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She, in spite of nature,
Of years, of country, credit, every thing,
To fall in love with what she feared to look on!

And the devilish malignity of Iago, whose coarse mind cannot conceive an affection founded purely in sentiment, derives from her love itself a strong argument against her.

Aye, there's the point, as to be bold with you,
Not to affect many proposed matches
Of her own clime, complexion, and degree,
Whereto, we see, in all things nature tends,* &c.

Notwithstanding this disparity of age, character, country, complexion, we, who are admitted into the secret, see her love rise naturally and necessarily out of the leading propensities of her nature.

At the period of the story a spirit of wild adventure had seized all Europe. The discovery of both Indies was yet recent; over the shores of the western hemisphere still fable and mystery hung, with all their dim enchantm visionary terrors, and golden promises; perilous

* Act iii. scene 3.


expeditions and distant voyages were every day undertaken from hope of plunder, or mere love of enterprise ; and from these the adventurers returned with tales of " Antres vast and desarts wild -of cannibals that did each other eat-of Anthropophagi, and men whose heads did grow bea neath their shoulders.” With just such stories did Raleigh and Clifford, and their followers return from the New World : and thus by their splendid or fearful exaggerations, which the imperfect knowledge of those times could not refute, was the passion for the romantic and marvellous

ourished at home, particularly among the women. A cavalier of those days had no nearer, no surer way to his mistress's heart, than by entertaining her with these wondrous narratives. What was a general feature of his time, Shakspeare seized and adapted to his purpose with the most exquisite felicity of effect. Desdemona, leaving her household cares in haste, to hang breathless on Othello's tales, was doubtless a picture from the life; and her inexperience and her quick imagination lend it an added propriety : then her com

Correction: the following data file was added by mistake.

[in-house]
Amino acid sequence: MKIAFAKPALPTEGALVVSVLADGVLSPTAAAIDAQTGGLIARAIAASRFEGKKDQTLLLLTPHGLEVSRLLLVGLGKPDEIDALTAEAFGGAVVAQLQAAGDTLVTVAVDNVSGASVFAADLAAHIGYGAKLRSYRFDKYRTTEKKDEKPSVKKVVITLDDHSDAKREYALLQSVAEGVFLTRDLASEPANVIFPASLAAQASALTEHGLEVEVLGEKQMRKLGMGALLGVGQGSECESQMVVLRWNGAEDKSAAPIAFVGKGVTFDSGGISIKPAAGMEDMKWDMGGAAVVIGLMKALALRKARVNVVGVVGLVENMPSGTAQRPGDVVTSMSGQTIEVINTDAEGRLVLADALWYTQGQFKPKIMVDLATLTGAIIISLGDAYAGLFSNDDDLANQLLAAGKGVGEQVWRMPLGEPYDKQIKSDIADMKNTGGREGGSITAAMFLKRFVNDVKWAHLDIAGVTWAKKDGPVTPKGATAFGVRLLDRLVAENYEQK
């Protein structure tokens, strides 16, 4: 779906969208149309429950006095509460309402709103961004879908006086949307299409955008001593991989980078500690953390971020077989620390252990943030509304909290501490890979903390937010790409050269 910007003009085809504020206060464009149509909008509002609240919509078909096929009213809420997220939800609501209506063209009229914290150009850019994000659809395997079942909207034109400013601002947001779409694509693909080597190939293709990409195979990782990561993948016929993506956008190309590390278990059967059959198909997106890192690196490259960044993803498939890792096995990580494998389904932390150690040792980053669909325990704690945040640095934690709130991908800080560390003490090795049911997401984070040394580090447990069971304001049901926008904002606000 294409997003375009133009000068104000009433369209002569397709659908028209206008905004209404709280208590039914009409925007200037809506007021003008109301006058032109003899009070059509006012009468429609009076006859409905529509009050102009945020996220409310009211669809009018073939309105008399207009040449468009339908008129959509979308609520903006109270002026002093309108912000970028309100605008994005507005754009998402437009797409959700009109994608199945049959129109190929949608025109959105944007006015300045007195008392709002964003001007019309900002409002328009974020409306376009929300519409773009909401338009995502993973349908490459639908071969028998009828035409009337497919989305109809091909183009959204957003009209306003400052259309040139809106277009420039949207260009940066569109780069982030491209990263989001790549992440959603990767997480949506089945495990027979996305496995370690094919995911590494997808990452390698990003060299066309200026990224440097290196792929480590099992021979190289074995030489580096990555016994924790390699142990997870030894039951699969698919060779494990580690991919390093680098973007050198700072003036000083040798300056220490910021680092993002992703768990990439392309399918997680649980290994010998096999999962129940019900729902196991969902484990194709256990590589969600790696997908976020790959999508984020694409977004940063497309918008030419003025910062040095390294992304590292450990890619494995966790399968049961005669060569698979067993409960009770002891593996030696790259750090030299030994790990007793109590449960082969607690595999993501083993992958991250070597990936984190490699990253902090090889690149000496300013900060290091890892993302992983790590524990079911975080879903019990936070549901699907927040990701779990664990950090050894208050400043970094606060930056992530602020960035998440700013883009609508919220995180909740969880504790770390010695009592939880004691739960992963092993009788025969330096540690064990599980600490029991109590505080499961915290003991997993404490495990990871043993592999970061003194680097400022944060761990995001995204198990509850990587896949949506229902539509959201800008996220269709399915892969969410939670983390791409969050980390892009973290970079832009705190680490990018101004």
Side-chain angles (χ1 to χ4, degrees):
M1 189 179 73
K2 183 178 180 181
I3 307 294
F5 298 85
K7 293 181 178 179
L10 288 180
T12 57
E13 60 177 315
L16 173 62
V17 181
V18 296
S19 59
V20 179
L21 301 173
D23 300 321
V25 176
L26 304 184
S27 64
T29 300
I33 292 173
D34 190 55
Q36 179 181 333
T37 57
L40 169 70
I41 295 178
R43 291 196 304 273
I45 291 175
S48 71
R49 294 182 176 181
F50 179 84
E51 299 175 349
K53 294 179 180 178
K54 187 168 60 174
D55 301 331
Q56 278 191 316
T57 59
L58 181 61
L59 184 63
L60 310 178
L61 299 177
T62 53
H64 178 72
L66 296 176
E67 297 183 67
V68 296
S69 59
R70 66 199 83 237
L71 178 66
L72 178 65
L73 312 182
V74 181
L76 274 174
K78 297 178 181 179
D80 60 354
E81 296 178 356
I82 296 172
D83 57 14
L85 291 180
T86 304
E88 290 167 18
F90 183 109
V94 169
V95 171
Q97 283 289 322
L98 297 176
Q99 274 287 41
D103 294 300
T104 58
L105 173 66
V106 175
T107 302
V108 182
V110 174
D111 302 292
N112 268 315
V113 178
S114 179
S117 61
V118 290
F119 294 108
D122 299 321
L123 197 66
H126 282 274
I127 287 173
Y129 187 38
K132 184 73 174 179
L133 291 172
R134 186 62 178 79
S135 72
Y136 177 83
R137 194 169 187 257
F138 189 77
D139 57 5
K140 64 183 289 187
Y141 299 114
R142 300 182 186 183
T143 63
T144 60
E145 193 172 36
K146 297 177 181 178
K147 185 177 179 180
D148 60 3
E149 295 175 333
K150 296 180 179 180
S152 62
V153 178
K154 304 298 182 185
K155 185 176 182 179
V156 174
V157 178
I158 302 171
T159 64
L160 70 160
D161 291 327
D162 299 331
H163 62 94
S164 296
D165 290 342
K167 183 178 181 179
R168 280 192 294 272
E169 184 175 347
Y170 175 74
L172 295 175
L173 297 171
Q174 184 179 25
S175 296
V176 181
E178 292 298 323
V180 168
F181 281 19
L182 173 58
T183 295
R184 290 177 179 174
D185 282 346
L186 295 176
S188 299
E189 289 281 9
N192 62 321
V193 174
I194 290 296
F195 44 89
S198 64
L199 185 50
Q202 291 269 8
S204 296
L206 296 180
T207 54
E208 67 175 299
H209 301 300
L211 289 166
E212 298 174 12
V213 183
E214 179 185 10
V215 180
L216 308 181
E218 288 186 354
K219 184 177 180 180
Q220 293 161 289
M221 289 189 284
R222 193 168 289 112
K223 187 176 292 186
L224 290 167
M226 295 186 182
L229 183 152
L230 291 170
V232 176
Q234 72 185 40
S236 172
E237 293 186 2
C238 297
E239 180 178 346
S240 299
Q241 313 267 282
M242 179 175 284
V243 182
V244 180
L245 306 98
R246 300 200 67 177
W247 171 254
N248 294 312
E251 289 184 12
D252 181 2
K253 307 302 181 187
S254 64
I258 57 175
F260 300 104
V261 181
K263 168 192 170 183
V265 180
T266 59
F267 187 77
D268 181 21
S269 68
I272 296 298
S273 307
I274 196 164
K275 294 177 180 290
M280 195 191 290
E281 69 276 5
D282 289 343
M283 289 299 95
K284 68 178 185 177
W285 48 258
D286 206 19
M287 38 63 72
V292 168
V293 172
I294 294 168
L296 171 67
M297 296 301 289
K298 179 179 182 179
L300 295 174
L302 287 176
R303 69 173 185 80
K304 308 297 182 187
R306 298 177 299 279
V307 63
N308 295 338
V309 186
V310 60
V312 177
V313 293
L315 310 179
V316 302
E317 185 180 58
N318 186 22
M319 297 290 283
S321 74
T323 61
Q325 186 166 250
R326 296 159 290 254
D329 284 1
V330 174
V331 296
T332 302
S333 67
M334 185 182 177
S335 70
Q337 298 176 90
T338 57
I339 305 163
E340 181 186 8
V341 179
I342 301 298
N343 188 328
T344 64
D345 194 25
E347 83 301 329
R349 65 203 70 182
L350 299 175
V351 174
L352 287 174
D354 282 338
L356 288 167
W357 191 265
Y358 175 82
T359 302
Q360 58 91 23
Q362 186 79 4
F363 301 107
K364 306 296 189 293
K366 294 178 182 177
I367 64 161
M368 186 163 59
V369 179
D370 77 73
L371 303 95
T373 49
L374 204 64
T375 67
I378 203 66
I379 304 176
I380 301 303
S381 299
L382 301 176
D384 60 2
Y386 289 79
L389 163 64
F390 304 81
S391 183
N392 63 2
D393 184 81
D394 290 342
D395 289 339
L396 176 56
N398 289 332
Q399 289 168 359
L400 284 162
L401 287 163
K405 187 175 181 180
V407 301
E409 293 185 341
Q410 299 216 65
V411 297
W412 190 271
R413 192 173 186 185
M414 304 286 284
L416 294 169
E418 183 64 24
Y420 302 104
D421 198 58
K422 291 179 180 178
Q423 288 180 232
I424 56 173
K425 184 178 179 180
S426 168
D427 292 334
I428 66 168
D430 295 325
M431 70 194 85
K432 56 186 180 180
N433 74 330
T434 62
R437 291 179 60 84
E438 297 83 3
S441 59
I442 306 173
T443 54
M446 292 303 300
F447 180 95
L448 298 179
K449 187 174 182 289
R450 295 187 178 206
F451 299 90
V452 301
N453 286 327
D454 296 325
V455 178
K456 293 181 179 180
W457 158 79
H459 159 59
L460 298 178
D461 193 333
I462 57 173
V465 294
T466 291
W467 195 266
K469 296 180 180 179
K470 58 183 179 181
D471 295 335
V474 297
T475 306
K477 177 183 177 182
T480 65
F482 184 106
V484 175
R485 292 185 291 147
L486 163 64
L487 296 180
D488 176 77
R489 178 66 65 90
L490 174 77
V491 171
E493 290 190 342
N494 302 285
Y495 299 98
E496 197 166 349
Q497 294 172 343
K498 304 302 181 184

passionate disposition is interested by all the disastrous chances, hair-breadth 'scapes, and moving accidents by flood and field, of which he has to tell; and her exceeding gentleness and timidity, and her domestic turn of mind, render her more easily captivated by the military renown, the valour, and lofty bearing of the noble Moor

And to his honours and his valiant parts

Does she her soul and fortunes consecrate.

The confession and the excuse for her love is

well placed in the mouth of Desdemona, while the history of the rise of that love, and of his course of wooing, is, with the most graceful propriety, as far as she is concerned, spoken by Othello, and in her absence. The last two lines summing up the whole

She loved me for the dangers I had passed,
And I loved her that she did pity them—

comprise whole volumes of sentiment and metaphysics.

Desdemona displays at times a transient energy, arising from the power of affection, but gentleness gives the prevailing tone to the character gentleness in its excess-gentleness verging on passiveness-gentleness, which not only cannot resent, but cannot resist.

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Then of so gentle a condition!


Aye! too gentle..


Nay, that's certain.

Here the exceeding softness of Desdemona's temper is turned against her by Iago, so that it suddenly strikes Othello in a new point of view, as the inability to resist temptation ; but to us who perceive the character as a whole, this extreme gentleness of nature is yet delineated with such. exceeding refinement, that the effect never approaches to feebleness. It is true that once her extreme timidity leads her in a moment of confusion and terror to prevaricate about the fatal handkerchief. This handkerchief, in the original story of Cinthio, is merely one of those embroi

dered hankerchiefs which were as fashionable in Shakspeare's time as in our own; but the minute description of it as “ lavorato alla morisco sottilissimamente, "* suggested to the poetical fancy of Shakspeare one of the most exquisite and characteristic passages in the whole play. Othello makes poor Desdemona believe that the handkerchief was

a talisman.

There's magic in the web of it.
A sybil, that had numbered in the world
The sun to make two hundred compasses,
In her prophetic fury sew'd the work :
The worms were hallowed that did breed the silk,
And it was dyed in mummy, which the skilful
Conserv'd of maidens' hearts.


Indeed ! is't true ?


Most veritable, therefore look to't well.


Then would to heaven that I had never seen it !

• Which being interpreted into modern English, means, I believe, nothing more than that the pattern was what we now call arabesque.

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